St. Mary's Cathedral of the Immaculate Conception

Browsing Msgr. Pat's Homilies

2-17-2019 6th Sunday in Ordinary Time

Feb 19, 2019



6th Sunday in OT / C / 2019

Msgr. Patrick S. Brennan

I’m going to preach on our first reading today from the Prophet Jeremiah—despite the fact that our Gospel today is very important: Luke’s Sermon on the Plain. But I’m trying to stretch my appreciation of Scripture, and also not ignore our OT readings—which can seem so strange and distant from our life and culture. But today’s passage from Jeremiah is anything but strange and distant—and it beautifully describes the dilemmas we all face.

A little context for this short reading. The Prophet Jeremiah is chastising the Israelites, in very strong language, for turning away from God and worshipping idols. One could say that the principal sin in the OT was idol worship—turning something less than God into a god.

Idol worship awakens the wrath of God—and Jeremiah is God’s spokesman. The prophet feels the anger of God, and his language is strong. In fact, such language forms our impression of the Prophet Jeremiah, who complained to God about always giving him "bad news." The image we have of Jeremiah is a bit dour (cf. his image in the Sistine Chapel)—he didn’t get thrown into a dry cistern for nothing!

A word, however, needs to be said about the "anger" of God, as if God has mood swings or was fickle or just unpredictable. The "anger" of God was a symbol of God’s desire to set things right, for justice, for peace, for the well-being of all people. It is righteous anger that aims to destroy evil—and to protect Israel, whom God loves. Sometimes God is called a "jealous God"—the God of the First Commandment, who will not tolerate "strange gods before him."

And so, Jeremiah says, channeling this righteous God: "Cursed is the one who trusts in human beings, who seeks his strength in flesh, whose heart turns away from the Lord." Our temptation today is to put our "trust"—our fundamental foundation—into something other than God—like Israel, to worship idols.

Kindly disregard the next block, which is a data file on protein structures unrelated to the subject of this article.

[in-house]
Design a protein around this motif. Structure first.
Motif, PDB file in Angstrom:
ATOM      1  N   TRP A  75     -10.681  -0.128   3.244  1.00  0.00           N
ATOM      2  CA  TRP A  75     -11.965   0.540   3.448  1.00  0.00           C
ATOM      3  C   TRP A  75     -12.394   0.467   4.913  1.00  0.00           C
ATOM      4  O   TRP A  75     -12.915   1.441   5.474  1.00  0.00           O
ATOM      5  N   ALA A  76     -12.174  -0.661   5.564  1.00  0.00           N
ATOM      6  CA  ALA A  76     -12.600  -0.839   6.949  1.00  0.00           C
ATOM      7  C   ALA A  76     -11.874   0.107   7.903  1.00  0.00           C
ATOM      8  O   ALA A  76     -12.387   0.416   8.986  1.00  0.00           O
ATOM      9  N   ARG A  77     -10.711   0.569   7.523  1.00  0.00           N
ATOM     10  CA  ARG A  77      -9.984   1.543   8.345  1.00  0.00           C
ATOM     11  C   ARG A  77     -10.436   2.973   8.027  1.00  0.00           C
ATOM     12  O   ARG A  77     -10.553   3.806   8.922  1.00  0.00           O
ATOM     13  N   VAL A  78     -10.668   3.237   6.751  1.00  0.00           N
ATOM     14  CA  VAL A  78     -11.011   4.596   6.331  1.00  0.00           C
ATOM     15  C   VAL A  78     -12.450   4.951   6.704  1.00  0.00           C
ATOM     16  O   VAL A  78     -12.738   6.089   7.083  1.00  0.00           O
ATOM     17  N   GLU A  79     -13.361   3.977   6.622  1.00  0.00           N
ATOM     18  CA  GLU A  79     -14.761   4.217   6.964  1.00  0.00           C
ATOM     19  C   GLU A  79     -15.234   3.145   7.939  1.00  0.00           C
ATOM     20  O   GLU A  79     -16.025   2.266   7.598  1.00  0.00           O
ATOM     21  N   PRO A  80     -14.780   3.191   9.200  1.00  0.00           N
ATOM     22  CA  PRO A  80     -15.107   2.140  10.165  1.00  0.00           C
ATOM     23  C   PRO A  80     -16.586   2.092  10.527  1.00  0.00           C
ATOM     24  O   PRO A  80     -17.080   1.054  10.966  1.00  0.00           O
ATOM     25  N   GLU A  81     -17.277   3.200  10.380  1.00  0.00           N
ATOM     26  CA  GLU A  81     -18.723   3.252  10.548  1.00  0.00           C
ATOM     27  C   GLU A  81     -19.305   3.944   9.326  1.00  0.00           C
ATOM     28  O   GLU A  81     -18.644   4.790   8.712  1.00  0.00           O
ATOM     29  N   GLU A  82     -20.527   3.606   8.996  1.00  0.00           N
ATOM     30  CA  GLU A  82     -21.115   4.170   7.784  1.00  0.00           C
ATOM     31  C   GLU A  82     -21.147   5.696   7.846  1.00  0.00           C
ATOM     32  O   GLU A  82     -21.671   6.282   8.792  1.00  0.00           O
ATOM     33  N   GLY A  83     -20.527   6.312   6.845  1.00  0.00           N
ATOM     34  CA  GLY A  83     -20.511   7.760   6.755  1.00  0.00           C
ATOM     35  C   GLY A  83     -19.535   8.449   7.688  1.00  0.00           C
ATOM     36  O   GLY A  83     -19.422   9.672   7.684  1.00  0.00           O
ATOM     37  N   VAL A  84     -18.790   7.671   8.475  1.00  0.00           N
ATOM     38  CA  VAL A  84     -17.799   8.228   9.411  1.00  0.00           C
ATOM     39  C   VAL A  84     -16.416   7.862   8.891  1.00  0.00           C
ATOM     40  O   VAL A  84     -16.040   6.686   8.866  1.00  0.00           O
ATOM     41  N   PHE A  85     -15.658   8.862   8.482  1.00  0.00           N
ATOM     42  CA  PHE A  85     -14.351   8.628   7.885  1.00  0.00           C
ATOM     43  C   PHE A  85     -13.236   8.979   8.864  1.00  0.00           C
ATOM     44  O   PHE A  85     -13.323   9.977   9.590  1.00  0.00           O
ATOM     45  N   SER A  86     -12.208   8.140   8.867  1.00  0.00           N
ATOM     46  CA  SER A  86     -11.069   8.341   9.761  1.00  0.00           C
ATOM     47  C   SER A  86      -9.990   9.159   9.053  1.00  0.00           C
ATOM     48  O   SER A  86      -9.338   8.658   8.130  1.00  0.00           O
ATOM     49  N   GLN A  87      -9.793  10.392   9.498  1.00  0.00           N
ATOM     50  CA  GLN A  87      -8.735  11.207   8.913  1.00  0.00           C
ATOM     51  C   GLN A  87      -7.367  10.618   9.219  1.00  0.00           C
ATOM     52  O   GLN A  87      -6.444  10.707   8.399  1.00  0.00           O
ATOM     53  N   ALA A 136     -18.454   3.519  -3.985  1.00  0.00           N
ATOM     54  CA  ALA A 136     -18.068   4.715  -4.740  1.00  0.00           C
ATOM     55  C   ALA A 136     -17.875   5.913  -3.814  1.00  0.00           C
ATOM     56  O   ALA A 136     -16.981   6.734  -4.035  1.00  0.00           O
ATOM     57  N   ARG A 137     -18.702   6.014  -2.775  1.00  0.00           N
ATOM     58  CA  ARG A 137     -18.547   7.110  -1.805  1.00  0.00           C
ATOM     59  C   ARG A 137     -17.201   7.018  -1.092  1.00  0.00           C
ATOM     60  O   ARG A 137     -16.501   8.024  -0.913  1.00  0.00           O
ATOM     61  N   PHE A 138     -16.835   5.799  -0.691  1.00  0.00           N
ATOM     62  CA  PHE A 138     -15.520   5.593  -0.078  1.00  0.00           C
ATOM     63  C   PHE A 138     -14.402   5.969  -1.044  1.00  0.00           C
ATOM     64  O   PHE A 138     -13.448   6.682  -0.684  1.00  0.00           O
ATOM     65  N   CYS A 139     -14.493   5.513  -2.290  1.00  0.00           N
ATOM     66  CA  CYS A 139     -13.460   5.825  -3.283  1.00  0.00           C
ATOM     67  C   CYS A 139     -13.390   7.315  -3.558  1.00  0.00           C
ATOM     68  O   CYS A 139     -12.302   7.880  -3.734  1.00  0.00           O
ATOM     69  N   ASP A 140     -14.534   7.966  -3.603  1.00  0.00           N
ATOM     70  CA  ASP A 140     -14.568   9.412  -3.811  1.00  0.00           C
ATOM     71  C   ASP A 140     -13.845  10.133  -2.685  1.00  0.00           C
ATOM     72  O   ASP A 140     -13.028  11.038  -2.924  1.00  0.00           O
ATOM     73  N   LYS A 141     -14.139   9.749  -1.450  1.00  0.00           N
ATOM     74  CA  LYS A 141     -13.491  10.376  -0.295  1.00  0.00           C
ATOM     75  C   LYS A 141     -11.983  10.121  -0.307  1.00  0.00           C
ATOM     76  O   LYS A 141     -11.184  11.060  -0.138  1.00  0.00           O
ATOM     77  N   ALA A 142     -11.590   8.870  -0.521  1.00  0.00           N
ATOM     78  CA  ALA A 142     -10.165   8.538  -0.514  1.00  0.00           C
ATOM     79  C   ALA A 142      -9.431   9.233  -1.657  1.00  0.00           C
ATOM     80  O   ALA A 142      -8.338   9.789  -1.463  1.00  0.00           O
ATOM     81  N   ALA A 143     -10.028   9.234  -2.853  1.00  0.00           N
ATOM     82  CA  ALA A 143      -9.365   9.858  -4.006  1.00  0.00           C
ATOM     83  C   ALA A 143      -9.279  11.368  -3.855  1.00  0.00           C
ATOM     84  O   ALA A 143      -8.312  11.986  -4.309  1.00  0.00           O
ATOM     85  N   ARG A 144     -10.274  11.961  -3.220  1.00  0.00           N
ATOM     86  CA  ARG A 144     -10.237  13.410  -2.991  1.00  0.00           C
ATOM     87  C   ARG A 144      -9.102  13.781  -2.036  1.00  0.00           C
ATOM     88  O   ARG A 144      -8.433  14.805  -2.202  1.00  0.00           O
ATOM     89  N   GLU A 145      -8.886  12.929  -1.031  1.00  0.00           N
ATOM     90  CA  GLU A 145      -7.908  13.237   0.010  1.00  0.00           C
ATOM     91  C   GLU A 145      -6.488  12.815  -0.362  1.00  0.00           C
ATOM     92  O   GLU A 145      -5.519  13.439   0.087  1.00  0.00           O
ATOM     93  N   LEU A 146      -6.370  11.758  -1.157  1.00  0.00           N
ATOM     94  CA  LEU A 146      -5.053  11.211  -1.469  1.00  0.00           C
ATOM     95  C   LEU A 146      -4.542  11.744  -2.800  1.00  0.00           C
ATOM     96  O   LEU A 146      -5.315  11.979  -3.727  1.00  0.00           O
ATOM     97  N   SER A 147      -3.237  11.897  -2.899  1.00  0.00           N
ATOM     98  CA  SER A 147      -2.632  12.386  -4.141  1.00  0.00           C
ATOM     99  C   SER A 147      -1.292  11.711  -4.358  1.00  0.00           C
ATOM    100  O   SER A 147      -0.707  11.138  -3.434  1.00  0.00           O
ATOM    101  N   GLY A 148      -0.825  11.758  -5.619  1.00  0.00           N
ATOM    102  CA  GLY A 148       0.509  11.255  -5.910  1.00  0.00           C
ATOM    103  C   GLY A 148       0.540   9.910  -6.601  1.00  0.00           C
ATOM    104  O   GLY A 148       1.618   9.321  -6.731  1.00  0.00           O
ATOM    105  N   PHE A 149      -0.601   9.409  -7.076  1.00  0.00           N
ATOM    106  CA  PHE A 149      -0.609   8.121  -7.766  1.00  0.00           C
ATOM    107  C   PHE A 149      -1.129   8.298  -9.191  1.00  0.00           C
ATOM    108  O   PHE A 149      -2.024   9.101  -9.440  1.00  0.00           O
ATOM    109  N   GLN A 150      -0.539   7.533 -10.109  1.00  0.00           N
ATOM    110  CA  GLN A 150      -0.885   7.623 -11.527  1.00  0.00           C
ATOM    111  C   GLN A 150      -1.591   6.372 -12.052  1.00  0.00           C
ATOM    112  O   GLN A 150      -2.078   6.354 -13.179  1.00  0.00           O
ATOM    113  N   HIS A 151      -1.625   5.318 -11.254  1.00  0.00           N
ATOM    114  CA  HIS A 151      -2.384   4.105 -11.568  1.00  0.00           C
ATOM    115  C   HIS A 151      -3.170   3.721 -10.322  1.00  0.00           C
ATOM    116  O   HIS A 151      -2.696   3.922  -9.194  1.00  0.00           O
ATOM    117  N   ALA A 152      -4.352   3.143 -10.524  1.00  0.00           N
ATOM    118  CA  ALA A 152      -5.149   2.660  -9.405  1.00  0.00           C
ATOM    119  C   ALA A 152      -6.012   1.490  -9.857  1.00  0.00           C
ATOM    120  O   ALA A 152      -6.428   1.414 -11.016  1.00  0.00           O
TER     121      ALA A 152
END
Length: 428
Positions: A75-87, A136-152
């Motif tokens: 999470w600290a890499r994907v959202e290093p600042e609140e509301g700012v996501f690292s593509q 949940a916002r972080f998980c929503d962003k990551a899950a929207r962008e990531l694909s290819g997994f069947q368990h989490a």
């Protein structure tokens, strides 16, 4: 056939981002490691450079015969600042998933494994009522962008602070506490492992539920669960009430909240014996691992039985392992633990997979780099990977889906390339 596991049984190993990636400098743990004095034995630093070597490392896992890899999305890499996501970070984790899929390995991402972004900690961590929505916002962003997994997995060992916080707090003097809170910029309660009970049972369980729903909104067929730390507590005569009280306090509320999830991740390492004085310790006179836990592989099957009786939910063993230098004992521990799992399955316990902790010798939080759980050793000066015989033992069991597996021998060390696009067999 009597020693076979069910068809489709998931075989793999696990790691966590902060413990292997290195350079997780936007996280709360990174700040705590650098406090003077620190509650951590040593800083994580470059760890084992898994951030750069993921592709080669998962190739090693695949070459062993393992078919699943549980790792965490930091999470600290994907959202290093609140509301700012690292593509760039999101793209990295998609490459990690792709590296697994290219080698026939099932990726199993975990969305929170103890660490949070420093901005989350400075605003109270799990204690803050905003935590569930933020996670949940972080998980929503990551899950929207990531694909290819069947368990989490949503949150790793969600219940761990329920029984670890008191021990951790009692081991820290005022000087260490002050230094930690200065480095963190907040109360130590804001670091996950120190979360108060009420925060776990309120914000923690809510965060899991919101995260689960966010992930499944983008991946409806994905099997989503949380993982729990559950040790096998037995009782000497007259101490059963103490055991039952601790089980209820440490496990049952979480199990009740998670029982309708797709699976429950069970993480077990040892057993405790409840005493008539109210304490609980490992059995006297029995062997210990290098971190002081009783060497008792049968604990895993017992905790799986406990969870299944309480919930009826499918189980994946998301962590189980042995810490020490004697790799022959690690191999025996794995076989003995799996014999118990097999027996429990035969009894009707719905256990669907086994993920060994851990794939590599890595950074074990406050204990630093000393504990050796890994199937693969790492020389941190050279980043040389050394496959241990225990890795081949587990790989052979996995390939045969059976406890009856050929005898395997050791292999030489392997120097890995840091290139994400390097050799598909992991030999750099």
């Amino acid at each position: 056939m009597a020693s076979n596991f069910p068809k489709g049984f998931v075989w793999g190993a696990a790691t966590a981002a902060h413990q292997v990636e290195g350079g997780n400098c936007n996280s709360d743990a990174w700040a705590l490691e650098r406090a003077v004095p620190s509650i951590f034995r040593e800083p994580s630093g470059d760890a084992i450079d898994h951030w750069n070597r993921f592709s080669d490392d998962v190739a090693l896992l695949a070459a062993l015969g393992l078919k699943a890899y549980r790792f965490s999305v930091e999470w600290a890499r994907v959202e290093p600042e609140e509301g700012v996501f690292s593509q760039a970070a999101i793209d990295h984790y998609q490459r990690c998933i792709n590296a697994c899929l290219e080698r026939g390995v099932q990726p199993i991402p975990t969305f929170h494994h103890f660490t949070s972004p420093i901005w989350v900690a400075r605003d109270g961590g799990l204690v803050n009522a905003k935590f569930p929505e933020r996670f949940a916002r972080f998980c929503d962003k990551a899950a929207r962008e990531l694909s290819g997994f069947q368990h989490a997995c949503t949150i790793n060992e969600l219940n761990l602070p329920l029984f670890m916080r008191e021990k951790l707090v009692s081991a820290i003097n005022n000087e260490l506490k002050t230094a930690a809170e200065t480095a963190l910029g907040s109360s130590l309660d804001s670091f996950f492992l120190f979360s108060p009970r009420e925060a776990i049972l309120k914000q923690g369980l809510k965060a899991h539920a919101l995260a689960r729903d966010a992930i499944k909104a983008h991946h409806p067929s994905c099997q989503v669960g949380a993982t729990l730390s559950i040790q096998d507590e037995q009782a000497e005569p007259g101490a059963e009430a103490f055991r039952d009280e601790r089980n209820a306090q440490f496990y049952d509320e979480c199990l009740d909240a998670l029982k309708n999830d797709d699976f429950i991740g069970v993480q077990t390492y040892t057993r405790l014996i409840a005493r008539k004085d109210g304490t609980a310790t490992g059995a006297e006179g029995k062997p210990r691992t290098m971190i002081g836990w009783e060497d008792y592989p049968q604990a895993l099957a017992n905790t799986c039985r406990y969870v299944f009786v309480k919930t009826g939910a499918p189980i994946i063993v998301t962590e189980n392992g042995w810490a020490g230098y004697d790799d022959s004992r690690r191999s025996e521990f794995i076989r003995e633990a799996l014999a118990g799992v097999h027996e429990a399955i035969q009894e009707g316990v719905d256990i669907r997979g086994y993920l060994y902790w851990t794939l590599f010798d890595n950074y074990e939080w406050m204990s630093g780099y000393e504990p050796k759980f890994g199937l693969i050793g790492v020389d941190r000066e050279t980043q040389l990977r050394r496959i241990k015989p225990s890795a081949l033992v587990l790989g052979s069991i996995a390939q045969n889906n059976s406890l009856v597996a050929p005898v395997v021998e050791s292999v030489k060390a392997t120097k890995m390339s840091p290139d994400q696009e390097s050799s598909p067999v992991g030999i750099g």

If you really want to know who a person is, ask one question: what do you worship? We all place our faith, our trust, our hope in something. What is it? Money, pleasure, work, art, success, fame, country, drugs, sports, exercise, food, etc.

When we worship something other than God, we are "like a barren bush in the desert . . . that stands in a lava waste, a salt and empty earth." No sustenance. No food. I couldn’t help but think of southeast Oregon, in patches of recent lava flows, dry, hard, black. A dry twig springing from it. Dead.

We are wired for God, and if we plug into anything less, we will be cursed.

And so, we look to the reverse! "Blessed is the one who trusts in the Lord, whose hope is the Lord. He is like a tree planted beside the waters, that stretches out its roots to the stream." Again, I think of southeastern Oregon. When you look across the dry landscape, and you see a patch of green, you know there is water. Life.

For the one whose bedrock is the Lord, there is "no fear of heat when it comes, its leaves stay green; in the year of drought, it shows no distress."

The Christian life does not preserve us from trials and disappointments and loss and fear. Rather, with our roots firmly planted in bedrock, we weather the storm: "No storm can shake my inmost calm, while to that rock I’m clinging." Be not afraid—not because we are spared difficulties and trauma, but because we have the strength to get through them.

Cursed is the one . . . blessed is the one. Which path will you take?



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